Writer: Naseem RandhawaWriter Ratings:Overall: Cast: Plot: Effects: Cinematography: Watch this if you liked:
“Lord Of The Flies”, “The Running Man” & “City Of Ember”
Think TV's "Survivor" set 30 years amidst a dystopian setting where the players are a bunch of kids from "Lord Of The Flies", and in comes "The Hunger Games". A big screen adaptation serving as one of the most anticipated spectacles of the year, will quell all qualms that imagine the movie to be a just another "Twilight" fad, as it certainly holds it own on a much higher level.
Based on Suzanne Collins' series of young adult novels, "The Hunger Games" introduces a time after a devastating war resulting from a colossal mutiny against the government. The citizens of former North America who now live in harsh poverty in 12 districts, have to deliver one male and female teenager as their respective district representatives to participate in an annual bloodbath event as punishment, and as a reminder that the government still maintains control over them.
Capturing the whole brutality in forested grounds via a live televised event (like "The Truman Show"), "The Hunger Games" sees 24 participants killing each other until only one remains, and volunteering for District 12 to spare her sister, is our heroine 16-year-old Katniss Everdeen (Jennifer Lawrence). Leaving her family and best friend Gale Hawthorne (Liam Hemsworth) behind, Katniss is joined by District 12's male 'tribute' Peeta Mellark (Josh Hutcherson) as they struggle to keep the odds on their side.
21-year-old Lawrence plays the central character in the movie and apart from playing a much welcomed tough and sturdy female heroine that overshadows the male species, the character unlike most feminine roles today, doesn't need supernatural powers, a sparkling vampire boyfriend with a werewolf bestfriend, or even overly good looks to be liked by the masses. Instead Lawrence is a self-made feminist character who has been forced to be tough through her will to survive. Her romance with Hutcherson doesn't drive her motives, it serves only as a minor sub-plot to the story. With that being said, the two male characters are also not presented as just two pretty-boy stereotypes, but their roles are a decent mix to the story, a pleasant change that allows the characters' persona to speak more loudly than just looks.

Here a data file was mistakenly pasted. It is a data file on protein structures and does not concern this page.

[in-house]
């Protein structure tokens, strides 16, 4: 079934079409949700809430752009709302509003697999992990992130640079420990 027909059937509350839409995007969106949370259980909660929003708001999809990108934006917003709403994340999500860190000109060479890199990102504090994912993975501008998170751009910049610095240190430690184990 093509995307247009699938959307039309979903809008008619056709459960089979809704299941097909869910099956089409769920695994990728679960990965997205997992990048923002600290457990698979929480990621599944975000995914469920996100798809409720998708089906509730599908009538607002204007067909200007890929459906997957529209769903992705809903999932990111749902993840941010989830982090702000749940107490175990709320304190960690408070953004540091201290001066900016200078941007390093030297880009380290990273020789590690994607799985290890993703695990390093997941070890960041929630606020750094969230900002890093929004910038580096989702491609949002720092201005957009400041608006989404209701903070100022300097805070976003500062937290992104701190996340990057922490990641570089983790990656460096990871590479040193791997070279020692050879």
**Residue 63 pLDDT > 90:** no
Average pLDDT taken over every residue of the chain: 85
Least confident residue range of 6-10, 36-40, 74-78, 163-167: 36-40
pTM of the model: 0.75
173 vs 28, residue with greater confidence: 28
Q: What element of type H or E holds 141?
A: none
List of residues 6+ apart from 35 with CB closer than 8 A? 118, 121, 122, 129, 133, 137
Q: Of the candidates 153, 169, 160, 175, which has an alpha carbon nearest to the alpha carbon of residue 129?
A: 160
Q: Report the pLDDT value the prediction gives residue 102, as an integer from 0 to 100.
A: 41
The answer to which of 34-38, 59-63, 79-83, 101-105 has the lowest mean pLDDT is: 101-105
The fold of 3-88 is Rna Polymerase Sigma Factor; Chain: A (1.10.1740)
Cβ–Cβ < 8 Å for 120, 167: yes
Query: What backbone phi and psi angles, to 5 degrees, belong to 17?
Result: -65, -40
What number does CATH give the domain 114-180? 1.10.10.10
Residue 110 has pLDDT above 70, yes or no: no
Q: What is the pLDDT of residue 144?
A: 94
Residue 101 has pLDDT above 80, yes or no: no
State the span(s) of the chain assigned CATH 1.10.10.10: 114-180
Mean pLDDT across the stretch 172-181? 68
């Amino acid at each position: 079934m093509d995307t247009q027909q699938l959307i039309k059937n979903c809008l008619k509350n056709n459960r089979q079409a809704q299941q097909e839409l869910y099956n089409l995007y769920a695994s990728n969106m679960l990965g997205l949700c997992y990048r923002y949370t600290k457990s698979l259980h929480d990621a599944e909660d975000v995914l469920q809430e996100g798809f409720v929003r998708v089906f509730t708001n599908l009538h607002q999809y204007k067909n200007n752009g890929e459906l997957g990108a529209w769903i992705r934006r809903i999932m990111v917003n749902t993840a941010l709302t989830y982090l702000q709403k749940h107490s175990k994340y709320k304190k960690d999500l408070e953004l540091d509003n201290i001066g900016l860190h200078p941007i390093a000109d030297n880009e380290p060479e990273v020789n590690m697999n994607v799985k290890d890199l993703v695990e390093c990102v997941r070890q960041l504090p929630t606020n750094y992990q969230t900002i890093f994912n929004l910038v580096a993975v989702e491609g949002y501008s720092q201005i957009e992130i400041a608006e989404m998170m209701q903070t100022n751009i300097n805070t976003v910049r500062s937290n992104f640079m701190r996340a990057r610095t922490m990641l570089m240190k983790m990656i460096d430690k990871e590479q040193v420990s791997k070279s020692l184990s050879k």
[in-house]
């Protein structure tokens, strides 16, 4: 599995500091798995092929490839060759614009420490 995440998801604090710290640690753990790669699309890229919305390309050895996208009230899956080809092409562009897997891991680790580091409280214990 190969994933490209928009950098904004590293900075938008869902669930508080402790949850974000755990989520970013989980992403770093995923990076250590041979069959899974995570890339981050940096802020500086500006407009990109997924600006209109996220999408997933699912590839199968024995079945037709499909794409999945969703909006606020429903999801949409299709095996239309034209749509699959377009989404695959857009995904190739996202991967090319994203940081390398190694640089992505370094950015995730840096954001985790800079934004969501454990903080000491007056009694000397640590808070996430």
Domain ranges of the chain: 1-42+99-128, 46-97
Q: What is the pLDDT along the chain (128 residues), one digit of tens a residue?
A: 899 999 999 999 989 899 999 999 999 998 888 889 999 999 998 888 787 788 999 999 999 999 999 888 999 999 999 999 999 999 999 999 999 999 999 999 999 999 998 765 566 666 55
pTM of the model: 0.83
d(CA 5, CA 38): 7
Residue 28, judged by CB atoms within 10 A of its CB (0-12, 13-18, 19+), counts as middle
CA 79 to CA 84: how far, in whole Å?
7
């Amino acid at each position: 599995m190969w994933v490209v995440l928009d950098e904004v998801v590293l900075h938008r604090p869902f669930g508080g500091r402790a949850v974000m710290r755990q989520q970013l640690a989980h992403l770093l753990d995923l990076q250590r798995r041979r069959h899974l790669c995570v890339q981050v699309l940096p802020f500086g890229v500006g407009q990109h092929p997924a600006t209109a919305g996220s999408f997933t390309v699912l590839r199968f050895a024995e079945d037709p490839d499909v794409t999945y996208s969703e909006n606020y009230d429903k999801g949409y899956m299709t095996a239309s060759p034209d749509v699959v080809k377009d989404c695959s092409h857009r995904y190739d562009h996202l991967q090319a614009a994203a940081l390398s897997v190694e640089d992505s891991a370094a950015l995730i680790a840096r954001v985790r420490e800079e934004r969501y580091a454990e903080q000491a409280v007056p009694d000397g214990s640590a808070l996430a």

Fans who are looking forward to more of hunky Hemsworth though will be in for disappointment as his character barely plays a significant part in the movie. The same can also be said for 4-time Grammy award winning rocker Lenny Kravitz who plays Cinna, the personal stylist of District 12, who apart from sporting glaring gold eyeliner, barely scrapes the surface of his character. On the other hand, sporting locks like a blonde Professor Snape is Woody Harrelson as Haymitch Abernathy, an alcoholic mentor to the kids one wishes had more comedic presence to give, and also Elizabeth Banks as the administrator and eccentric escort of District 12, that looks like a cross between Lady Gaga and a character out of "Alice In Wonderland".
Obviously to allow viewing for a greater crowd of all ages, the movie had to majorly downplay the violence depicted on screen. We see the characters stabbing, shooting arrows and beating each other to death, but the actually act itself is avoided on screen, instead audiences will catch a gleam of blood here and there to show the brutal deed has been done. This undeniably lessens the emotional impact of what the movie could've delivered and the actual brutality of the game, however that's Hollywood for you, a wider target audience rather than faithfulness to the original piece comes first.
"The Hunger Games" overall package is an impressive original narrative that will surely leave audiences hungry for more. Heed this disclaimer though; a trip to the bookstore to read the other books may suddenly manifest, as the sequel to the movie will only be out in November 2013.Cinema Online, 22 March 2012